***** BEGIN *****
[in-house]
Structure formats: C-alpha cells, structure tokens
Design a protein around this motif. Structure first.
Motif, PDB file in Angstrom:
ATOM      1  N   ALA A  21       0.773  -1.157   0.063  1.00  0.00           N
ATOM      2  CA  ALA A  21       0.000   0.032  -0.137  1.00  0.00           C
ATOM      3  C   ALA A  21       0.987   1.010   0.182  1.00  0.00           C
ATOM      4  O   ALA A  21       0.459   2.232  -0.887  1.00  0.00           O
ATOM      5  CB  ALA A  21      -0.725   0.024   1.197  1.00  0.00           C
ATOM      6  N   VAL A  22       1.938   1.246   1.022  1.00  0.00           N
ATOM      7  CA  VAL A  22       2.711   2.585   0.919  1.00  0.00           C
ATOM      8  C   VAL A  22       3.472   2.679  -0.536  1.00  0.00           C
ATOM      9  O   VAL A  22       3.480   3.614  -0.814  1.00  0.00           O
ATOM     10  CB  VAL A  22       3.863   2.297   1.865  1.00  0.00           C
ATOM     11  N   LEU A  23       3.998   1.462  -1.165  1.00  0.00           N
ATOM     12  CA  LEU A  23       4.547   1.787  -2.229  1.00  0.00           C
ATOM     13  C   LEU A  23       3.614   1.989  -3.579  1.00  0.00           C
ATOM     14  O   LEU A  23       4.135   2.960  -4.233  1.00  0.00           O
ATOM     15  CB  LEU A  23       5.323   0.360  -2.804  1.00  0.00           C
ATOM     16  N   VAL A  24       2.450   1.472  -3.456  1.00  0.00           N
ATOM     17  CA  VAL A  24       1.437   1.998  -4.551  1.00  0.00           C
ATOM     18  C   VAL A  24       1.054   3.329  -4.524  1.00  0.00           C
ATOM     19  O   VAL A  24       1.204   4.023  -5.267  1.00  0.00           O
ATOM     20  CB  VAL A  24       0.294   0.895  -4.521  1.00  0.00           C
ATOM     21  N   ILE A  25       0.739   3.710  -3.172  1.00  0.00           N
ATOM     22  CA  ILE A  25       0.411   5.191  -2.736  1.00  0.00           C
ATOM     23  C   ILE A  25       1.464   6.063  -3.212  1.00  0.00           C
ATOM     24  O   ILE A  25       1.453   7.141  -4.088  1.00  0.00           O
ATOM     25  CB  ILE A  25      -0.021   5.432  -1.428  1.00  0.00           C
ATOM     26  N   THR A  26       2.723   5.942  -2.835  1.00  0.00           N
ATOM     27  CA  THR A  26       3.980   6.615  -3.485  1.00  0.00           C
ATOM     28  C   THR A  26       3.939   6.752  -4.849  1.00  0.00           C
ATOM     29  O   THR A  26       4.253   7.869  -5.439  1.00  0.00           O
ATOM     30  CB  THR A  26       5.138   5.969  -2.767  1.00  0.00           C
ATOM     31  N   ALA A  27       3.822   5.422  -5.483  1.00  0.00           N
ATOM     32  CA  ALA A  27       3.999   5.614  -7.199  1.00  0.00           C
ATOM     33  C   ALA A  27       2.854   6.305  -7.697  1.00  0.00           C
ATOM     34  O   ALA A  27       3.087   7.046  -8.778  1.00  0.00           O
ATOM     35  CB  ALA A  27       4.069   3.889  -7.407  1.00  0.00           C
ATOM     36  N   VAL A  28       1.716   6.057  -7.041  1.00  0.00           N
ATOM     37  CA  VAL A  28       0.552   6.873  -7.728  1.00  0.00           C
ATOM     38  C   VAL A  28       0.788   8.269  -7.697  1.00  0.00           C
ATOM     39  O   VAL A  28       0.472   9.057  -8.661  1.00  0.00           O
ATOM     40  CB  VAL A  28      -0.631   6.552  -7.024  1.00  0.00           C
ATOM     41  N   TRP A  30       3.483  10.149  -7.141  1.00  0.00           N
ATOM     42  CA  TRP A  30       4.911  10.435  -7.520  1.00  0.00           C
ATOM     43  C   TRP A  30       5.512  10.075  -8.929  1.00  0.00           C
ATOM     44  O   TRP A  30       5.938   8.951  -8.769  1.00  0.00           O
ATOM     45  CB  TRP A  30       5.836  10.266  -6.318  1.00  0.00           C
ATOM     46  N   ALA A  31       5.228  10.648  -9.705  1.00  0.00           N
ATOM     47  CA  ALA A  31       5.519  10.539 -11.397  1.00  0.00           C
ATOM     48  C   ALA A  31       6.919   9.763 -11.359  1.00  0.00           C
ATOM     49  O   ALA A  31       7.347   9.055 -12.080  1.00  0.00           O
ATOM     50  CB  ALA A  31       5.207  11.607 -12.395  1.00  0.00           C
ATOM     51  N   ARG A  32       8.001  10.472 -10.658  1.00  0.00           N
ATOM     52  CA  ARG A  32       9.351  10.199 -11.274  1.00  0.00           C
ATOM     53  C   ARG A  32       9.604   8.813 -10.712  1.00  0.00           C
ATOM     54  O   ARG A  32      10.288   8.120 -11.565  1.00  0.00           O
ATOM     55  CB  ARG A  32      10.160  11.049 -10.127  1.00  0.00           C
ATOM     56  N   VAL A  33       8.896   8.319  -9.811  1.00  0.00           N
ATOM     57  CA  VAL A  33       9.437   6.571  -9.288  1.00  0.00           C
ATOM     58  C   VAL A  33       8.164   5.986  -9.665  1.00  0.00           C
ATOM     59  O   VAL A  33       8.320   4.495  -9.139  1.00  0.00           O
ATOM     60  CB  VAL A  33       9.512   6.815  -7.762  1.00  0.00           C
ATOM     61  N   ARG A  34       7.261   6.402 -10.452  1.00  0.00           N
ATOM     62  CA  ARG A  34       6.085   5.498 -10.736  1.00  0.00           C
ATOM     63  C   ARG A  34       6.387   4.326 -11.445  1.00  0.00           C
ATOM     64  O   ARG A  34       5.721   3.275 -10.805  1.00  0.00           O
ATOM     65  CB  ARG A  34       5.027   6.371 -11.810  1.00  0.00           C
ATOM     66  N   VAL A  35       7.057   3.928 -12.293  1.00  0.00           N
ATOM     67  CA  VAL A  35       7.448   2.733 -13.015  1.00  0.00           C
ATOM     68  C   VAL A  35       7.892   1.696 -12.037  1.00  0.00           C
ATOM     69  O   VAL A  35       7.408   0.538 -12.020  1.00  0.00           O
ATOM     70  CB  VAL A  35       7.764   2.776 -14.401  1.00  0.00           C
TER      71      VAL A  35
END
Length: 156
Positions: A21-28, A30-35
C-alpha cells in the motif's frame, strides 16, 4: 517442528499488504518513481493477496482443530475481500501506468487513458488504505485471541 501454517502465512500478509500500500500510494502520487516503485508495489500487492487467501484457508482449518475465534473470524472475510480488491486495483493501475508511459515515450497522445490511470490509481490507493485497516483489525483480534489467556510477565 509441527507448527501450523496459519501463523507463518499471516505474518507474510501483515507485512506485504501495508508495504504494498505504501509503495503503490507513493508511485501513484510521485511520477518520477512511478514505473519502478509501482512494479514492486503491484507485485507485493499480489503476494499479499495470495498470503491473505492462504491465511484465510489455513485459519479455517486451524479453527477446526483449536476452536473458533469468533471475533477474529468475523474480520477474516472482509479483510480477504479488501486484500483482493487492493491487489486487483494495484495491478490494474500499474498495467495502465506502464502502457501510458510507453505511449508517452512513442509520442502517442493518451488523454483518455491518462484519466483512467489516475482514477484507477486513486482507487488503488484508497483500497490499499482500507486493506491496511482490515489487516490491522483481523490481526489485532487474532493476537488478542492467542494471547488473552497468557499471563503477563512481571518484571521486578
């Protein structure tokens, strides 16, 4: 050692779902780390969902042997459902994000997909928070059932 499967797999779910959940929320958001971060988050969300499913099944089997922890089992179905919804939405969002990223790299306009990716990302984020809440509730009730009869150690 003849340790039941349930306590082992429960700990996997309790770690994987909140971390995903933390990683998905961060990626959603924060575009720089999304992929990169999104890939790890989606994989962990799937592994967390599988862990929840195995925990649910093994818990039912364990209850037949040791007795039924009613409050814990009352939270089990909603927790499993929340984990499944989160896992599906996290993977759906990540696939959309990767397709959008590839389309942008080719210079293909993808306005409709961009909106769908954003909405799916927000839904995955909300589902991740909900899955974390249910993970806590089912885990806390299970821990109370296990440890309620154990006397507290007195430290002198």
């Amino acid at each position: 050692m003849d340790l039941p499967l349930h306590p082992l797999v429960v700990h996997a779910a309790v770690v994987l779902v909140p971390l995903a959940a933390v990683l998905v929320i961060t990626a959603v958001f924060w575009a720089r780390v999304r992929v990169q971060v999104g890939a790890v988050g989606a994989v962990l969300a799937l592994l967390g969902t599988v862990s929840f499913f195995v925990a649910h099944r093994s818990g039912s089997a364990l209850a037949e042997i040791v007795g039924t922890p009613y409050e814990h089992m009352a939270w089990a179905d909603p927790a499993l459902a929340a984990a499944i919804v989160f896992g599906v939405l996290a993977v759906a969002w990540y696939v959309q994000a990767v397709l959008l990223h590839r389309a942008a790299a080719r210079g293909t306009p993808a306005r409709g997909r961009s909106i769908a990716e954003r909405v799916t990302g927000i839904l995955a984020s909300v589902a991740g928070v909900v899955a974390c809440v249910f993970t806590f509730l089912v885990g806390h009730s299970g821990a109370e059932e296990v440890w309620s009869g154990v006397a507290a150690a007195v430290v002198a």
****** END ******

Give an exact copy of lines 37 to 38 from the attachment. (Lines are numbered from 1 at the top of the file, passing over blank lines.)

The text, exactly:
ATOM     33  C   ALA A  27       2.854   6.305  -7.697  1.00  0.00           C
ATOM     34  O   ALA A  27       3.087   7.046  -8.778  1.00  0.00           O